Vastavam web: The United States and Russia clashed Friday over how to assist crisis-wracked Venezuela, with Moscow pledging new relief channeled through President Nicolas Maduro and Washington slapping sanctions over the blocking of US aid it tried to push through the border. A day after Russia and China vetoed a US and European resolution at the UN Security Council that called for unimpeded aid deliveries, Washington said it was targeting six Venezuelan military officers for stopping last weekend’s US-led convoy.
Four people were killed in the melee as Maduro’s forces prevented the 178 metric tonnes of rice, beans and other food from crossing into the country from Colombia. The leftist strongman says the aid is a pretext for a US-led invasion. The six include Major General Richard Jesus Lopez Vargas, the commander of the Venezuelan National Guard. The sanctions freeze any assets in the United States and penalize US financial dealings with the officials.
The United States also revoked the visas of 49 Venezuelan officials and their family members, the State Department said. Venezuelan opposition leader Juan Guaido, whom Washington has recognized as interim president, had hoped to triumph in bringing in the stockpiles of food, which the United States coordinated with Colombia and Brazil.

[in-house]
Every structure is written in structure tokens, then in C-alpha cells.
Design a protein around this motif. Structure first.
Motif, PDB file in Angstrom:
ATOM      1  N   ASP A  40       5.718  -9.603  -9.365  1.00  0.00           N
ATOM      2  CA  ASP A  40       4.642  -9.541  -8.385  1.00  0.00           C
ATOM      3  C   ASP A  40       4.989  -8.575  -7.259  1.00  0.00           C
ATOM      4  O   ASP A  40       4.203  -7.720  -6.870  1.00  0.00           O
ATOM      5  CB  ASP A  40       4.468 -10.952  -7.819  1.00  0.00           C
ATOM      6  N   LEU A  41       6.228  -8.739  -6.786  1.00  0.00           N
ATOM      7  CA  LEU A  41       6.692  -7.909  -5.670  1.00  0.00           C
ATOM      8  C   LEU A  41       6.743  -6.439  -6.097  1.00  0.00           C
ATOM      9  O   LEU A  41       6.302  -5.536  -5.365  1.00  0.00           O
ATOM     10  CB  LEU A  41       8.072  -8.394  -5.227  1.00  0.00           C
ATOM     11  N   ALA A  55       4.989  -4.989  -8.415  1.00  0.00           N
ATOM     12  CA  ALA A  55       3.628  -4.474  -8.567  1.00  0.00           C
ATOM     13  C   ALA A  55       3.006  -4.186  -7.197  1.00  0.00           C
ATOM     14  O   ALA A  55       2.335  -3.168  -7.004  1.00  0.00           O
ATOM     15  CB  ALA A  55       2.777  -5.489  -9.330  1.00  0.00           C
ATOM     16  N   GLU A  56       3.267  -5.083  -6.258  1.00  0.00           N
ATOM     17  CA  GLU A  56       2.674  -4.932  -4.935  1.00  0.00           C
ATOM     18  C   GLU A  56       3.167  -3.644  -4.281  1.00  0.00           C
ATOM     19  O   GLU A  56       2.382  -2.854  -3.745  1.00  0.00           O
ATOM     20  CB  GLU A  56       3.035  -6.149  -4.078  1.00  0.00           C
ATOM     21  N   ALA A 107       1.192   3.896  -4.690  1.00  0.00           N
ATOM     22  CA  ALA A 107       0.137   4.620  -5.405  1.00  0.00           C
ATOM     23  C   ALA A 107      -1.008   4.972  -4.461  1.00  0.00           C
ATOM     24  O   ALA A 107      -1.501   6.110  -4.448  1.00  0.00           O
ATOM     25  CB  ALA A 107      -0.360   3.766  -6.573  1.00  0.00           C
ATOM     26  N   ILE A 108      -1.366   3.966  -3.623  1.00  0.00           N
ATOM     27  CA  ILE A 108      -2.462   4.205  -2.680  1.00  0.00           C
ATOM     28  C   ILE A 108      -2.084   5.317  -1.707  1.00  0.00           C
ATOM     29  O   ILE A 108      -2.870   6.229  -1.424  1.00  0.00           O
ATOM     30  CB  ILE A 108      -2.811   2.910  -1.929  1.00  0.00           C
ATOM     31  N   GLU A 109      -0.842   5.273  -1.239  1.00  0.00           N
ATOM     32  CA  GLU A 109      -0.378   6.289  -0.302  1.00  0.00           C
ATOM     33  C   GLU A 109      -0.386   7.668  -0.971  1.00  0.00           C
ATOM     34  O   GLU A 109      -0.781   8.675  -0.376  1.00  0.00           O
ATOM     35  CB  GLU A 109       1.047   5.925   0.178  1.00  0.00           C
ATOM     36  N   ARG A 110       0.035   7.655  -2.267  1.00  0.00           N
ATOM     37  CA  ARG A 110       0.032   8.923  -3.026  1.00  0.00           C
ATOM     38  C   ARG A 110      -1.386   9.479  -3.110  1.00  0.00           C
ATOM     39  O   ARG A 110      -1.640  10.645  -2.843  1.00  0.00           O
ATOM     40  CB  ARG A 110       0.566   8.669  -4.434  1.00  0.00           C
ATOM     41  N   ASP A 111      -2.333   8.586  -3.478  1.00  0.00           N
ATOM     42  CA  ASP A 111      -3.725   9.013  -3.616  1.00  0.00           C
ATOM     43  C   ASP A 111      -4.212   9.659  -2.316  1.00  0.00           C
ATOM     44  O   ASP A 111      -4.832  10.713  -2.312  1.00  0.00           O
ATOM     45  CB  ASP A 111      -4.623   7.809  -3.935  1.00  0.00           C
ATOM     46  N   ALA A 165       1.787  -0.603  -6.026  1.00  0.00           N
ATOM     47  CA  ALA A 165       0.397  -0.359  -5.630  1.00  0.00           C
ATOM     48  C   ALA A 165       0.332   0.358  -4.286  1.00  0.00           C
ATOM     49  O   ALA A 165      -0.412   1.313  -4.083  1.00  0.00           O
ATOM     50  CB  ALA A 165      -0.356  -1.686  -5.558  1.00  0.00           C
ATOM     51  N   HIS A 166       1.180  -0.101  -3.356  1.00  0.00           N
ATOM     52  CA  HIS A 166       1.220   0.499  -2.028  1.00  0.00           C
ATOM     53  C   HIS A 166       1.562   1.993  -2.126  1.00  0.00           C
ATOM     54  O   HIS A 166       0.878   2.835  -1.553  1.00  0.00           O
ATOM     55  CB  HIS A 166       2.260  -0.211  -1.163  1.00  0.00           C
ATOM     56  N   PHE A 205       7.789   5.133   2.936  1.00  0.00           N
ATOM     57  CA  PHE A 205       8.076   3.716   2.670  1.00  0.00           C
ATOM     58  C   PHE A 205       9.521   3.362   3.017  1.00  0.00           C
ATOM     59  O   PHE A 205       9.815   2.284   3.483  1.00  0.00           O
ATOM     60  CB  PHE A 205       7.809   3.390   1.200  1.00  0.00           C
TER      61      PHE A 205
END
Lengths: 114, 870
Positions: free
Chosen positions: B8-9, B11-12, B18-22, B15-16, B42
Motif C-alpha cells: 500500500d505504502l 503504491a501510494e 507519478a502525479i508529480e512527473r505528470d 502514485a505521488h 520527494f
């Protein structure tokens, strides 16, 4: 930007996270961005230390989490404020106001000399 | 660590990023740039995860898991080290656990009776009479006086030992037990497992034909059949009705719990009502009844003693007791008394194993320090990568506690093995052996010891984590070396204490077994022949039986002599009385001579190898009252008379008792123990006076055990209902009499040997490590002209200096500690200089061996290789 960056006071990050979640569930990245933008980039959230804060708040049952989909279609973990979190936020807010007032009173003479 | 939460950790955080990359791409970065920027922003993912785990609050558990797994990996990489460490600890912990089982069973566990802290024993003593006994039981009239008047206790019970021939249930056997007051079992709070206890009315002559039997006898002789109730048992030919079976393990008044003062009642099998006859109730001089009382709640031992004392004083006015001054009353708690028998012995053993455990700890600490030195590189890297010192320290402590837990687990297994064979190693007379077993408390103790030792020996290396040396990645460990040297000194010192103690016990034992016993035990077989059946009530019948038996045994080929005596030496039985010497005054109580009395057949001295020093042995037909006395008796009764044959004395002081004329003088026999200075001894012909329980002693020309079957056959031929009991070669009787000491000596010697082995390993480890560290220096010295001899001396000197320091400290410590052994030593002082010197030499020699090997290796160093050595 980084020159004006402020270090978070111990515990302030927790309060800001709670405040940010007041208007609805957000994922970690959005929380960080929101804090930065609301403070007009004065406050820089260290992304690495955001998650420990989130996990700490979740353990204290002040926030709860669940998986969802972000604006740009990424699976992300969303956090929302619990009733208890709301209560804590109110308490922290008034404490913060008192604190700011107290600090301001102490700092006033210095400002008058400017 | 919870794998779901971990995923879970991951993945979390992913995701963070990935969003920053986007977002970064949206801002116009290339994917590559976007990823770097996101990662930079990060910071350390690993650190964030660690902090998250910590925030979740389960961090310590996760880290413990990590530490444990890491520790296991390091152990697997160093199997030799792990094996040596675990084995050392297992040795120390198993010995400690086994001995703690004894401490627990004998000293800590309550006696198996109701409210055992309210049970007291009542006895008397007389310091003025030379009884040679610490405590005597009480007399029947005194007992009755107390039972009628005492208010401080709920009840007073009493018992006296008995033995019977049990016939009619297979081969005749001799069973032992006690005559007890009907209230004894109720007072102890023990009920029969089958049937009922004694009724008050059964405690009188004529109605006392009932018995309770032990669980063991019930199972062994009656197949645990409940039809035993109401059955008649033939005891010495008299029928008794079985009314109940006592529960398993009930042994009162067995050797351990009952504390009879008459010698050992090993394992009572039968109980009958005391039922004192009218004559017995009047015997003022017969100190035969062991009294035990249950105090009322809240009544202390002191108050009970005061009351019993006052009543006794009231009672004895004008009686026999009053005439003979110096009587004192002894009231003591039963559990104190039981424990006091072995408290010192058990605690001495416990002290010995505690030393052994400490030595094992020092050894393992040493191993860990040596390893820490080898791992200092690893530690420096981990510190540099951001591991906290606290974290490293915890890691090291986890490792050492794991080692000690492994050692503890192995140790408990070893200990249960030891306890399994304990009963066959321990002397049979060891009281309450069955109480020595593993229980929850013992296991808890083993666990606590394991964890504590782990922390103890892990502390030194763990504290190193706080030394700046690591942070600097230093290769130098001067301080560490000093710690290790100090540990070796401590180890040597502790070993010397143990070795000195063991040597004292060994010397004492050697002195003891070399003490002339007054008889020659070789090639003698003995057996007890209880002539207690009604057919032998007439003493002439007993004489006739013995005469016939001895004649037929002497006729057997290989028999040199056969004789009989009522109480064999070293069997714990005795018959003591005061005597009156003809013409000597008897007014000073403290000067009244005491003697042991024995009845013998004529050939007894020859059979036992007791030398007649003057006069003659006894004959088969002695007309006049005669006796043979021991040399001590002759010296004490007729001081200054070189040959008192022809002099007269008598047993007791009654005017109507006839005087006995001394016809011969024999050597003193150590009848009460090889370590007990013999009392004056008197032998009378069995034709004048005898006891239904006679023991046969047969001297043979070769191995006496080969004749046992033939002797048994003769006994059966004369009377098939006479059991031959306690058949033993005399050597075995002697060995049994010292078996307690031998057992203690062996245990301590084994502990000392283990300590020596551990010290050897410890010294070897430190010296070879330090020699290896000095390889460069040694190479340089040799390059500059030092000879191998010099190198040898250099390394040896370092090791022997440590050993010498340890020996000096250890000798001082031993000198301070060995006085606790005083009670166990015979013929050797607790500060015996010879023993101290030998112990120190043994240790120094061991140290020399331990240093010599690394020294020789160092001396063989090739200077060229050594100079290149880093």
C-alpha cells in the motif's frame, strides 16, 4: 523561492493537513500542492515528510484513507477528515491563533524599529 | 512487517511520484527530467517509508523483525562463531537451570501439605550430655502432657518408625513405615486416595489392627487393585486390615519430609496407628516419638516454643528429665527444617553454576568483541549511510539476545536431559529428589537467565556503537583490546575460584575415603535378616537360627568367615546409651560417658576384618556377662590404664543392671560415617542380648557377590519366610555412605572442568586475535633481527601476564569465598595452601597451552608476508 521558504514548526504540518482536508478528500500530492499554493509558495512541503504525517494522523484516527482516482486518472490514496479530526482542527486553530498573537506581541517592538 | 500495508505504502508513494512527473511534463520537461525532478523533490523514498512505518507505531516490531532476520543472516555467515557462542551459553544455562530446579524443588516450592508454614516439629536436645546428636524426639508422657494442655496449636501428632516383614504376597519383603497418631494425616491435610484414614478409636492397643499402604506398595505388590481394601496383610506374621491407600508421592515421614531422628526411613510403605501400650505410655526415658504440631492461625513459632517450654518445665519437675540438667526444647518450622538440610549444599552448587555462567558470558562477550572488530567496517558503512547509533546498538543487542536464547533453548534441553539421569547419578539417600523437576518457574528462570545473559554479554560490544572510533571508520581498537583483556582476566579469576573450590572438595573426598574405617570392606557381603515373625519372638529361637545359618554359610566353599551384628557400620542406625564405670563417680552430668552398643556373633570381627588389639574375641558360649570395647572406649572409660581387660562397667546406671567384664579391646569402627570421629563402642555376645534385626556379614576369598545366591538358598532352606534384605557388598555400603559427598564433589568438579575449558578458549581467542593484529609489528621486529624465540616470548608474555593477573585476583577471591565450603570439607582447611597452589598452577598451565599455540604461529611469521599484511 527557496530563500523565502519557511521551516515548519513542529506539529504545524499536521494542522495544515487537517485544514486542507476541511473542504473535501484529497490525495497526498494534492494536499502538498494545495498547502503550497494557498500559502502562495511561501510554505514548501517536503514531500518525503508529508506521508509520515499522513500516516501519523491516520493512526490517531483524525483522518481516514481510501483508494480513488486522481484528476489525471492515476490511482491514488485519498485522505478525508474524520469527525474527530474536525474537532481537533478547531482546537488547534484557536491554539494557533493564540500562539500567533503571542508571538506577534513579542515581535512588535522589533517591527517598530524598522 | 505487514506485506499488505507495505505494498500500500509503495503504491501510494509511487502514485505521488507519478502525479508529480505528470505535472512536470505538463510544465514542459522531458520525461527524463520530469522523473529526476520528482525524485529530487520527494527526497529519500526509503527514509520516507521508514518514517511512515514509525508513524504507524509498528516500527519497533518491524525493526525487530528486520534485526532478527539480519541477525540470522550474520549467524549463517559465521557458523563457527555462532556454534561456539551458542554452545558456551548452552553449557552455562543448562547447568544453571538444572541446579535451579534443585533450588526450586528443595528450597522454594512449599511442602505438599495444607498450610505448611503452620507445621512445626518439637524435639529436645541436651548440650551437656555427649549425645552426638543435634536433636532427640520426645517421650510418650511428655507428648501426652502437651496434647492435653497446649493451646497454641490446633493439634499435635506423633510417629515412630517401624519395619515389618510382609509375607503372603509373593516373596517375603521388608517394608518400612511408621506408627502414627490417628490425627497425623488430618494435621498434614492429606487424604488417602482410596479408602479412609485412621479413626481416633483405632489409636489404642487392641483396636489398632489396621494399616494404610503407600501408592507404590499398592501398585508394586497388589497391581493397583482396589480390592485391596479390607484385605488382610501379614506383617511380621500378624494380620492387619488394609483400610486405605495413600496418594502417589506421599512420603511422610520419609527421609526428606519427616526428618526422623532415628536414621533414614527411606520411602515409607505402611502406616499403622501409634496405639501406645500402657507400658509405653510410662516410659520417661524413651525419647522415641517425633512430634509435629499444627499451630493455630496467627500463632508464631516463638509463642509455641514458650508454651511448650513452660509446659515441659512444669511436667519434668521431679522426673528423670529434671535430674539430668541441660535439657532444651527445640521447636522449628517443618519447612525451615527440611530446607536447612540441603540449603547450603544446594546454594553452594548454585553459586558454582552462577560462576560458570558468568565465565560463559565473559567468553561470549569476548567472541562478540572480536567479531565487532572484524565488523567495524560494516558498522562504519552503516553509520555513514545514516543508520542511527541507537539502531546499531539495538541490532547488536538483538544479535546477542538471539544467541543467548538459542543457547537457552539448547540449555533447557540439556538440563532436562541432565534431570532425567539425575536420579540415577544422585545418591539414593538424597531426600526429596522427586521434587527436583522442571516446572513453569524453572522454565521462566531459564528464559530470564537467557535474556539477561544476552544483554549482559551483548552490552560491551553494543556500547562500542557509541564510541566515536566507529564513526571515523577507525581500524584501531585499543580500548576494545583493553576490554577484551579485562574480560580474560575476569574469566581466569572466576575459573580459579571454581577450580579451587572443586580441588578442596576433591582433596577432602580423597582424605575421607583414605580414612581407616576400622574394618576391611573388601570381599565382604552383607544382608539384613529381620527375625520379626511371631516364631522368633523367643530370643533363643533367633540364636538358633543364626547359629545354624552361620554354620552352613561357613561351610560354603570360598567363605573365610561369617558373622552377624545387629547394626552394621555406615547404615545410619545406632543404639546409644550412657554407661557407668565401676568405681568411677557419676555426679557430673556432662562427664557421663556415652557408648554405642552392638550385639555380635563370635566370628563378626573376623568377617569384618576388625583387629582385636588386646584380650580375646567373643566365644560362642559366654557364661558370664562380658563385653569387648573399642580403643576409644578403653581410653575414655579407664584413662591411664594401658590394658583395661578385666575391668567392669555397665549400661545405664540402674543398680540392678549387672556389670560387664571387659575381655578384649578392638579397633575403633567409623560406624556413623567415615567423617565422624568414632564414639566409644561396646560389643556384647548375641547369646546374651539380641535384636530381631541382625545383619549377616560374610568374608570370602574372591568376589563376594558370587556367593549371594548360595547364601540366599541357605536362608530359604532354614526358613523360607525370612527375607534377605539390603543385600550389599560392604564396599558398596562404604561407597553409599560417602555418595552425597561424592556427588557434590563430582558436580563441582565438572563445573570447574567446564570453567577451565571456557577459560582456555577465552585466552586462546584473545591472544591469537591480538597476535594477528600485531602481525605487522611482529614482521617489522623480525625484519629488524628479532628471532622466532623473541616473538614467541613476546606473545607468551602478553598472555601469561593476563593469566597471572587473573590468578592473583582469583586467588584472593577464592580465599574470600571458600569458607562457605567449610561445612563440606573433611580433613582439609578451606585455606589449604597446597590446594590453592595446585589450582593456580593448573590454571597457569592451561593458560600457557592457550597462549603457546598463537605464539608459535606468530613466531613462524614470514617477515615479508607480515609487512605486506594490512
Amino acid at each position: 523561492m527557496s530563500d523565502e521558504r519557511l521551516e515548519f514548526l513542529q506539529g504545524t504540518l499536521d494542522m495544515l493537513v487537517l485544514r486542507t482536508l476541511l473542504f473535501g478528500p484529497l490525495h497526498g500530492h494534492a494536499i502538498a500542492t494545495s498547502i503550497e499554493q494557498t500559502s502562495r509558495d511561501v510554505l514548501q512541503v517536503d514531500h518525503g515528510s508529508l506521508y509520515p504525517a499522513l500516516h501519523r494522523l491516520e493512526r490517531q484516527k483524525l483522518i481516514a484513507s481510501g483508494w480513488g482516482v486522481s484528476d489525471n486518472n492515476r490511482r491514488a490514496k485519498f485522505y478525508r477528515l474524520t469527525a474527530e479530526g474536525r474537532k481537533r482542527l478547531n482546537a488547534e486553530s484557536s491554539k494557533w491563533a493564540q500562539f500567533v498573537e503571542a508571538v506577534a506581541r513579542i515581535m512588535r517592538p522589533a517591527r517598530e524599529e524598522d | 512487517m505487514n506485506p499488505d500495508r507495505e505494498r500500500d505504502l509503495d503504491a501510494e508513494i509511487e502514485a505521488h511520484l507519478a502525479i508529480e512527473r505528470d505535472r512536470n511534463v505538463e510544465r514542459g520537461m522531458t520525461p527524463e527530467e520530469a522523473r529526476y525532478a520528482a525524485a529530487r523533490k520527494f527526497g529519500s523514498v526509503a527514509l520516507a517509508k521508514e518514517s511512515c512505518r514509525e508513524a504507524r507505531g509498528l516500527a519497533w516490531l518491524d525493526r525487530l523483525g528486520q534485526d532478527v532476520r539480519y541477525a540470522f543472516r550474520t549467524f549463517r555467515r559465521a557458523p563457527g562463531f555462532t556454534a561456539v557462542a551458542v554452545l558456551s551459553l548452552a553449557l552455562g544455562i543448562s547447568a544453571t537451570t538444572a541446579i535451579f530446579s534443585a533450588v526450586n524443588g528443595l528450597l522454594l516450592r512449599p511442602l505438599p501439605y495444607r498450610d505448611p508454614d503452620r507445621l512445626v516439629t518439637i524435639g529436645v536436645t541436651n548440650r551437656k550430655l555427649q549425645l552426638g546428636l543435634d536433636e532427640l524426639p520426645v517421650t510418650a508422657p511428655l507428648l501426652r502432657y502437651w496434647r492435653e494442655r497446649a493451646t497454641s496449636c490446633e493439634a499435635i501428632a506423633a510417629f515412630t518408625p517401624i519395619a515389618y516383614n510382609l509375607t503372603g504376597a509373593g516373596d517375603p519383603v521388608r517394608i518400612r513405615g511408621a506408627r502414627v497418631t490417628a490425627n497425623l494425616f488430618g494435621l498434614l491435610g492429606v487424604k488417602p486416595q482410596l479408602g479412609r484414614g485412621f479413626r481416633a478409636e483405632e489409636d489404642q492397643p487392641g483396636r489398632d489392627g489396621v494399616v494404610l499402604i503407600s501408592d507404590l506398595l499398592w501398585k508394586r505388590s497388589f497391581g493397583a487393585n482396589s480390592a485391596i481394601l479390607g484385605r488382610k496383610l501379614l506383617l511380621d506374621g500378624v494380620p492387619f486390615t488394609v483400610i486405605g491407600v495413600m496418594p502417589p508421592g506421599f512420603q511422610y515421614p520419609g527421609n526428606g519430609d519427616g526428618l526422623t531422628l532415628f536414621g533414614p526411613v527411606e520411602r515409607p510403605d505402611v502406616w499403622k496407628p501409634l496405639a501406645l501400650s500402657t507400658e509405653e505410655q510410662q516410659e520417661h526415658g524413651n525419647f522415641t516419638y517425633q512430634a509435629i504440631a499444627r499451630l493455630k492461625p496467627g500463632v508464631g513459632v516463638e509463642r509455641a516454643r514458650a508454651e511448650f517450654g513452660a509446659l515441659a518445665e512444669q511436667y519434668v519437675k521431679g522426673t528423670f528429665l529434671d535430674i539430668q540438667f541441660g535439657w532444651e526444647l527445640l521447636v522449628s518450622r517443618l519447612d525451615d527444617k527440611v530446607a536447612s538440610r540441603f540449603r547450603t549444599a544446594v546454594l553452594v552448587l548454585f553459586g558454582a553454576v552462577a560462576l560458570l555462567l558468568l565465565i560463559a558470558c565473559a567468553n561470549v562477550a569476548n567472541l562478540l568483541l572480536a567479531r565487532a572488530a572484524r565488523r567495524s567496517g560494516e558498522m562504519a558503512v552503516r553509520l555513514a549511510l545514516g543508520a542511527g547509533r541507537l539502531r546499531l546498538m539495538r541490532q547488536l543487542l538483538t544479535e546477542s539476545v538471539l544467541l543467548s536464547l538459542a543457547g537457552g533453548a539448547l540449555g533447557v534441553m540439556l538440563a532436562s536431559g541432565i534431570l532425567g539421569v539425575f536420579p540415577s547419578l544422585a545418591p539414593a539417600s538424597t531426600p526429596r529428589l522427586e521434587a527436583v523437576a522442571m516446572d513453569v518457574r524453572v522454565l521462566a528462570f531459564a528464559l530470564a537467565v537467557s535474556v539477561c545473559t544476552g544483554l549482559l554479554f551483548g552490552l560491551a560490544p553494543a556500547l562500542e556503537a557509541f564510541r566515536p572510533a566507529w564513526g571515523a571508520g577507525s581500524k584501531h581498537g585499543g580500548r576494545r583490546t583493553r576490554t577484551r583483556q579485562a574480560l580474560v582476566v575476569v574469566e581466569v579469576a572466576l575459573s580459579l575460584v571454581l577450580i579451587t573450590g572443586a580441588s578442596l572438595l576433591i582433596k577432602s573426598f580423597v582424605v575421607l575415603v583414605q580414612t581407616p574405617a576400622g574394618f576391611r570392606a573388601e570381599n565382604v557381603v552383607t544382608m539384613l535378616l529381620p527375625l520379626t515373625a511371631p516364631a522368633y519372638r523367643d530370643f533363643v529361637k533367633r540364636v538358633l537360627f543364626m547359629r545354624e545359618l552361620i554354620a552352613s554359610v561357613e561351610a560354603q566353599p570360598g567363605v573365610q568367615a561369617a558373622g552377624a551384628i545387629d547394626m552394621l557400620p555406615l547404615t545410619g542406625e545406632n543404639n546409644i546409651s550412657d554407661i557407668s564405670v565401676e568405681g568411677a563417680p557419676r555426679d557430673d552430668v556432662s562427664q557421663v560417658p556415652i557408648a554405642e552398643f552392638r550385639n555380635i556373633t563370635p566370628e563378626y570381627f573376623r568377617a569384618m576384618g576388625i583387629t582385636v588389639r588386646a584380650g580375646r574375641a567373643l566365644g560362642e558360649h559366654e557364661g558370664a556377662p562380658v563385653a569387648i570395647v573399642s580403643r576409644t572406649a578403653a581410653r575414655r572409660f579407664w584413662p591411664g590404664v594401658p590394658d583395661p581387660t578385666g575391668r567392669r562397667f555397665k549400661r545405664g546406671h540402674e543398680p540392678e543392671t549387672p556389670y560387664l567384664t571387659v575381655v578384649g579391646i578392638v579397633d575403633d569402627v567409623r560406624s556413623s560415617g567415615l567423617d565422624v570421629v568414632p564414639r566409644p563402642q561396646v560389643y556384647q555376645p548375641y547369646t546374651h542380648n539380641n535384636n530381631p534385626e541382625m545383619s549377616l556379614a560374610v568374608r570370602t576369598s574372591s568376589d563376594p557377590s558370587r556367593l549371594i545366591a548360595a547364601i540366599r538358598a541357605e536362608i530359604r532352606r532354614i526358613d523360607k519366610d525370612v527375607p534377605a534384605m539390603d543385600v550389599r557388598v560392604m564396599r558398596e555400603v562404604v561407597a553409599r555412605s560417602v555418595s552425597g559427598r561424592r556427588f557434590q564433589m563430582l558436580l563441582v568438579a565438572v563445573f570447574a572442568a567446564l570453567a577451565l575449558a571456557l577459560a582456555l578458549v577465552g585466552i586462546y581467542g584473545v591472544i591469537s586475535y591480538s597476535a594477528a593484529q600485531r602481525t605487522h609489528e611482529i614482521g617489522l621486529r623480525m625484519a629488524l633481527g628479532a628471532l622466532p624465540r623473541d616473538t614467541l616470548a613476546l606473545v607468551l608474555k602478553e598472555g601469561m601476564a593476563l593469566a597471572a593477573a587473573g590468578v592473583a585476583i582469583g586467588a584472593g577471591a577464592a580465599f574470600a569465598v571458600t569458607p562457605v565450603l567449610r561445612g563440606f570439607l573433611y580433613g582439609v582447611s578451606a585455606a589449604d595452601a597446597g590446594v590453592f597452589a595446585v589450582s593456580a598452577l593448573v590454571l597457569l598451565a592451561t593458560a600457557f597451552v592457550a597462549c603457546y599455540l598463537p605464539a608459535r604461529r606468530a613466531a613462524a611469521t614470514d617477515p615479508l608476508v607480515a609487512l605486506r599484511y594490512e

More than 50 countries recognize Guaido as Venezuela’s rightful president — but Maduro enjoys strong support from Russia, which is eager to challenge US interventionism, as well as China, which is concerned over the fate of billions of dollars Beijing has lent to Caracas. Russian Foreign Minister Sergei Lavrov, receiving Venezuelan Vice President Delcy Rodriguez in Moscow, said Russia was stepping up shipments of wheat and was considering sending more medical supplies after shipping 7.5 tonnes. “We are very closely cooperating and coordinating all our steps in the international arena,” Lavrov said.
“Obviously we are in favor of giving humanitarian assistance to Venezuela; we are not in favor of giving it to this corrupt regime,” Abrams told reporters in Washington. Lavrov voiced hope that international pressure would “cool hotheads in Washington” who he said are seeking military intervention in Venezuela. He alleged that the United States was planning to buy small arms, mortar launchers and shoulder-fired anti-aircraft missiles from an “Eastern European country” and station them “close to Venezuela.”
President Donald Trump has not ruled out military intervention in Venezuela, although even close US allies have said they would not support the use of force. Republican Senator Marco Rubio, who has worked closely with Trump to seek Maduro’s ouster, appeared this week to suggest a violent climax as he posted on Twitter two pictures of Libyan dictator Moamer Kadhafi — one relaxed and smiling while in power, the other bloodied as he was lynched in an uprising.